Kitchener-Waterloo

Waterloo region, Guelph get green light for phase 2 of reopening

The province has announced 24 areas of the province will be allowed to enter phase two of reopening from the COVID-19 pandemic. Waterloo region, Guelph and Wellington County are among those areas that have been given the go-ahead. Phase two begins Friday.

'I don’t have concerns at this point with where the province is going,' region's top doctor says

Hairdressers and barbers are among the businesses that will be allowed to open in parts of the province starting on Friday. Waterloo region, Guelph and Wellington County have been given the go-ahead to enter phase two of reopening as part of the response plan to COVID-19. (Ben Nelms/CBC)

Splash pads, campsites, hairdressers and restaurant patios can all reopen in Waterloo region as of Friday, the province says.

Waterloo region is listed among the 24 areas of the province that have been given the green light to move on the phase two of reopening.

The exact plan for reopening locally, though, is still being worked on and details were not immediately available Monday as staff met to discuss the province's announcement. Regional officials are expected to address the phase two reopening during a regularly scheduled media briefing on Tuesday.

Last week, the region's acting medical officer of health Dr. Hsiu-Li Wang said she was encouraged to see the number of COVID-19 cases were stabilizing in the region. She hoped that trend would continue.

"I don't have concerns at this point with where the province is going," Wang said, although added she would "reserve the right to potentially change my mind."

Larger groups, camping allowed

The phase two reopening can begin as of 12:01 a.m. Friday. It will also allow groups of up to 10 people to get together, up from the current five.

As well, tour and guide services such as bike and walking tours can resume, swimming pools can open, beaches and additional camping at Ontario parks, camping at private campgrounds, outdoor recreational facilities for team sports and places of worship can open with some restrictions.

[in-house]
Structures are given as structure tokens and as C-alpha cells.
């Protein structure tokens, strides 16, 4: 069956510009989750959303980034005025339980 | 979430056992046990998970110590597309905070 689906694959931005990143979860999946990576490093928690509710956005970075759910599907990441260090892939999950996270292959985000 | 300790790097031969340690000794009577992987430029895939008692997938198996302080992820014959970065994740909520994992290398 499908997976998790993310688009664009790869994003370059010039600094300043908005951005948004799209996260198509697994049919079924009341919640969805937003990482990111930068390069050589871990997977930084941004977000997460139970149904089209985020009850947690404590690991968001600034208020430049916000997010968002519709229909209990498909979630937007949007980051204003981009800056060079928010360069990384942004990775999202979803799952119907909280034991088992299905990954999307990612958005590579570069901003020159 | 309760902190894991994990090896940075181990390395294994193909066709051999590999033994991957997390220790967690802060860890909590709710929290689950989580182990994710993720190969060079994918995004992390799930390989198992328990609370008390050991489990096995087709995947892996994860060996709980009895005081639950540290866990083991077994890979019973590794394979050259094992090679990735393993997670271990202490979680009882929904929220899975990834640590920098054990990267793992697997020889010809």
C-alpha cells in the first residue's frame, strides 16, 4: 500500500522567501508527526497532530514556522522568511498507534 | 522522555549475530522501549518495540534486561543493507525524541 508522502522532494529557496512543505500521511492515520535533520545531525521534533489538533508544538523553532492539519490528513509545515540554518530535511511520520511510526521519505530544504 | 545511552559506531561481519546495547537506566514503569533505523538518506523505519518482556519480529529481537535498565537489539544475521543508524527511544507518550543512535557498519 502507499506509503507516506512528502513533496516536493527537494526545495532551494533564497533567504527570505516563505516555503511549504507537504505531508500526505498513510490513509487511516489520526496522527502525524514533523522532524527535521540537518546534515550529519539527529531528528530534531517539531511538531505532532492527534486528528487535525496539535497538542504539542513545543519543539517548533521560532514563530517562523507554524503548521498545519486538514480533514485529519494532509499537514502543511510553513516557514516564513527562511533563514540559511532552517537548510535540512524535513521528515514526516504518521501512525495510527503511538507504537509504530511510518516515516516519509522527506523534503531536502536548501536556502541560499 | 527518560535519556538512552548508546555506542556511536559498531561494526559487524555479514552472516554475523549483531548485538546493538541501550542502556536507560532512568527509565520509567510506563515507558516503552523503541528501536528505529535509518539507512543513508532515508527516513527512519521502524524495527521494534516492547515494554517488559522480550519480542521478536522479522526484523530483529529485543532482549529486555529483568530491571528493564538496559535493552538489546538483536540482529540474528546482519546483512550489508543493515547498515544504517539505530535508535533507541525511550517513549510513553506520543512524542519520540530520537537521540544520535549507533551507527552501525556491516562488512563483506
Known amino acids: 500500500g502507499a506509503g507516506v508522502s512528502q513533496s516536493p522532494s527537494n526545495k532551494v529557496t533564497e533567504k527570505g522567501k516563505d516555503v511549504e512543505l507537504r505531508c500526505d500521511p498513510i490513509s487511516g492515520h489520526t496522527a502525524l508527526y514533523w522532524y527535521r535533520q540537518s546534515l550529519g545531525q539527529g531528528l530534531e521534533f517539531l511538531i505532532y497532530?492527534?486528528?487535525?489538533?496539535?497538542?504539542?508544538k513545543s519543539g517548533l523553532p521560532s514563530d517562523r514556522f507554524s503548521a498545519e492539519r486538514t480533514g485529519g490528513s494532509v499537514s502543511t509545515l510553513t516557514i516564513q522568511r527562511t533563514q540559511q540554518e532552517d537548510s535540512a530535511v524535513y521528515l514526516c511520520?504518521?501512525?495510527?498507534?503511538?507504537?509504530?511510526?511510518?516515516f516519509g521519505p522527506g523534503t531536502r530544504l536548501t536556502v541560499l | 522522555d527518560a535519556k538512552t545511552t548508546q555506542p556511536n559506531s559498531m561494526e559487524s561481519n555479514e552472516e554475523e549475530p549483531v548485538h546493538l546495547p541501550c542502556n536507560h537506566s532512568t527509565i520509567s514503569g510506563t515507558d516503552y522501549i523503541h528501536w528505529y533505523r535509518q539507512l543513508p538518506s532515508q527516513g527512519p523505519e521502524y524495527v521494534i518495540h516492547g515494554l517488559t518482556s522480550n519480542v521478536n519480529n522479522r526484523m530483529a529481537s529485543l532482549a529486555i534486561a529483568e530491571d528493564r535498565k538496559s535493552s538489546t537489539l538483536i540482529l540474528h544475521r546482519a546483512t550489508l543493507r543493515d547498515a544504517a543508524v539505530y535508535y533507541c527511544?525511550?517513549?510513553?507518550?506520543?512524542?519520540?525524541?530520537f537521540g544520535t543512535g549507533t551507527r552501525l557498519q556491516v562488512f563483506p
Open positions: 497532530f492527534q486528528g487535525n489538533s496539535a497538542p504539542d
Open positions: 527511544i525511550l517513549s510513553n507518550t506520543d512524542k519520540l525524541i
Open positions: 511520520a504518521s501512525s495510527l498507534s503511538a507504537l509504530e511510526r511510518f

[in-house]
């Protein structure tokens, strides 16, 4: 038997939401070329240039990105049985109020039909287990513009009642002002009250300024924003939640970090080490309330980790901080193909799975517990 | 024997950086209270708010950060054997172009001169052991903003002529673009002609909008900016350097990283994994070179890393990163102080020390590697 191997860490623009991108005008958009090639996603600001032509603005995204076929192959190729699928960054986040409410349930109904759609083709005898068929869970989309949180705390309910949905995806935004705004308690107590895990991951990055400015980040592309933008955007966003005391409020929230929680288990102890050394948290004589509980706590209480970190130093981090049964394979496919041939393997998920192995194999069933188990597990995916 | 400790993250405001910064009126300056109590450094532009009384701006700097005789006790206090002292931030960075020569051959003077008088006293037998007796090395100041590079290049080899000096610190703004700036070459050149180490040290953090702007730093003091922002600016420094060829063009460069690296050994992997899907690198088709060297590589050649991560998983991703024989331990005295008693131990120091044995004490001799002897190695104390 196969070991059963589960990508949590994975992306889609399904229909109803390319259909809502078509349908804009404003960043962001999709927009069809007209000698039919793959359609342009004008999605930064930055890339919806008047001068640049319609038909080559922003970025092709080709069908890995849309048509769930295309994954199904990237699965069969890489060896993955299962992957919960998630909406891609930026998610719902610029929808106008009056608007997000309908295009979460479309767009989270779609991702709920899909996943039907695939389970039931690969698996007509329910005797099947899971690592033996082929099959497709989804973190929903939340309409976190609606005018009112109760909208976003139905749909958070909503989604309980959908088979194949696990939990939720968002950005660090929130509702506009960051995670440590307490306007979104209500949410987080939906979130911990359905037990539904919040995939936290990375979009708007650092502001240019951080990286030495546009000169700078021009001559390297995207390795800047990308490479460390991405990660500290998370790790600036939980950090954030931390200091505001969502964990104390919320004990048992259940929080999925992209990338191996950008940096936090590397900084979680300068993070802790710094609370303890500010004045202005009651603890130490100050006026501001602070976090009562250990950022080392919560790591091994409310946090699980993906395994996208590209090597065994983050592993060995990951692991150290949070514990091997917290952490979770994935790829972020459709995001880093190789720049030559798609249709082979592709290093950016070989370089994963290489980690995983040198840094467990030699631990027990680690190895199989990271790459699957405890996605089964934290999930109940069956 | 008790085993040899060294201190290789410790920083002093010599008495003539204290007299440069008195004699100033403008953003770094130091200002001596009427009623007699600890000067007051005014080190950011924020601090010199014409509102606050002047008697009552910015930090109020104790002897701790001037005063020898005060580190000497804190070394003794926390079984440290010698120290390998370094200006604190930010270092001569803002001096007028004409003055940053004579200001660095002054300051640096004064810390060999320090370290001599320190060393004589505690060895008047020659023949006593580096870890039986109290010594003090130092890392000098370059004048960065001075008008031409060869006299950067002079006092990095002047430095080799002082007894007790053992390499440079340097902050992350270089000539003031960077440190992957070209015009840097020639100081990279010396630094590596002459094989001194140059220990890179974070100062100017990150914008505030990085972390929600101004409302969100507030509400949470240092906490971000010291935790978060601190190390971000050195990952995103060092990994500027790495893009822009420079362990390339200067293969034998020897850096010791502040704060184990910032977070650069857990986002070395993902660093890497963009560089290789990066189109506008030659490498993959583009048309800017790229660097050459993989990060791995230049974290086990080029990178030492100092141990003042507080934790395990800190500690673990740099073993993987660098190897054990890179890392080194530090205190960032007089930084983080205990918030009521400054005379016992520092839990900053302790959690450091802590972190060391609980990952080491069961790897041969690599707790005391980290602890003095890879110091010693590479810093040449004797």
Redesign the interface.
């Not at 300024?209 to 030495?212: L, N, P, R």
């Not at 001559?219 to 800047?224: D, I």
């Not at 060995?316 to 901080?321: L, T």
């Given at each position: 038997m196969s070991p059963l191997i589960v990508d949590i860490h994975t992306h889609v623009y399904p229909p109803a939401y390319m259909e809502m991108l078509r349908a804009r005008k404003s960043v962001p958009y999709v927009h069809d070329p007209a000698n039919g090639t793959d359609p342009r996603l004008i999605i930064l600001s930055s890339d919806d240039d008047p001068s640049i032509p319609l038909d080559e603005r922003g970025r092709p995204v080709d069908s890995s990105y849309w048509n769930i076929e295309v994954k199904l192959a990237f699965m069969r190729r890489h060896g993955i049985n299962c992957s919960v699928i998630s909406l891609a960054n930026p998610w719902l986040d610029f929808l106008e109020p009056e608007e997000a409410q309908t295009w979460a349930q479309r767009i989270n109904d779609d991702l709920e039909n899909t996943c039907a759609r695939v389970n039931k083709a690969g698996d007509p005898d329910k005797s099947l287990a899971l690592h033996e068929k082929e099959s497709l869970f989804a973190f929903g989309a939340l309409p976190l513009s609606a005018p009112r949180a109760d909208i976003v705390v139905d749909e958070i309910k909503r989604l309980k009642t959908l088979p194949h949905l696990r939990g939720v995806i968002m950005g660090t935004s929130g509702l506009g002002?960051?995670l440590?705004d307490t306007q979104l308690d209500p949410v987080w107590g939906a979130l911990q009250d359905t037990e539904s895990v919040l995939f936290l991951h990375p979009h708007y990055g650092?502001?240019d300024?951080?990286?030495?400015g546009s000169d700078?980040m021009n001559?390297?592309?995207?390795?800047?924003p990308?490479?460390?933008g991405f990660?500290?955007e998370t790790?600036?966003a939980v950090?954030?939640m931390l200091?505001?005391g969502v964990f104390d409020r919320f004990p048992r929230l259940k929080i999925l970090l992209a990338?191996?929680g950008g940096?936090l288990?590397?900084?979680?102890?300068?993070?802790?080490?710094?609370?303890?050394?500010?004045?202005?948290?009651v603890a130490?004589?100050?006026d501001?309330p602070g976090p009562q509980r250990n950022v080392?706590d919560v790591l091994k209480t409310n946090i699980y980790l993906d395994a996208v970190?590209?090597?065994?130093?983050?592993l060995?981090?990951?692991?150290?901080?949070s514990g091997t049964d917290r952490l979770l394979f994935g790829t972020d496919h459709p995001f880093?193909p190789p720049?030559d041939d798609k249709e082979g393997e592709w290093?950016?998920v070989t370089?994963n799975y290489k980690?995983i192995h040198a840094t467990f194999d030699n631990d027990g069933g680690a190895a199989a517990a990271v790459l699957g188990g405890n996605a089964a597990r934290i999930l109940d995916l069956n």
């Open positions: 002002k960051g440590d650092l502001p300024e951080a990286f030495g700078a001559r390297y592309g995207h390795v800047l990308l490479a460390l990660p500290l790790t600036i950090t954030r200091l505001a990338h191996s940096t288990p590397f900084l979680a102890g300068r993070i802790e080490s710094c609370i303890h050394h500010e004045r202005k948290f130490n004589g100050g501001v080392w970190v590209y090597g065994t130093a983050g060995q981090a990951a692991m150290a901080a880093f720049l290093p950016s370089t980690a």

The Grand River Conservation Authority said it didn't have any information to share on Monday about camping facilities, but it is reviewing the announcement.

Over the weekend, the GRCA issued a media release asking people to respect the conservation areas and trails after "a considerable amount of garbage and other waste" was left in the parks and "staff reported people not respecting area closures, people on beaches and people not practicing appropriate physical distancing measures."

"Should the GRCA continue to experience significant challenges in its conservation areas with visitors not respecting the rules in place, access will be restricted or the areas may be forced to close altogether," the authority said.

Must follow guidance

Guelph and Wellington County will also be part of the phase two reopening by the province.

Dr. Nicola Mercer, the medical officer of health and CEO of Wellington-Dufferin-Guelph Public Health, called it a "positive step" for the area.

"Cautiously reopening more amenities and businesses means positive economic and physical health benefits for our citizens; both factors in good health," Mercer said in a release.

But she also said people must remain diligent in preventing the spread of COVID-19.

"We all must continue to wash our hands, wear a mask and practice physical distancing of two metres. Following these steps will help keep you and your family safe, but also protect your friends and neighbours. The willingness of each of us to do our part will be a key factor in whether we take a step forward or backward in this pandemic," Mercer said.

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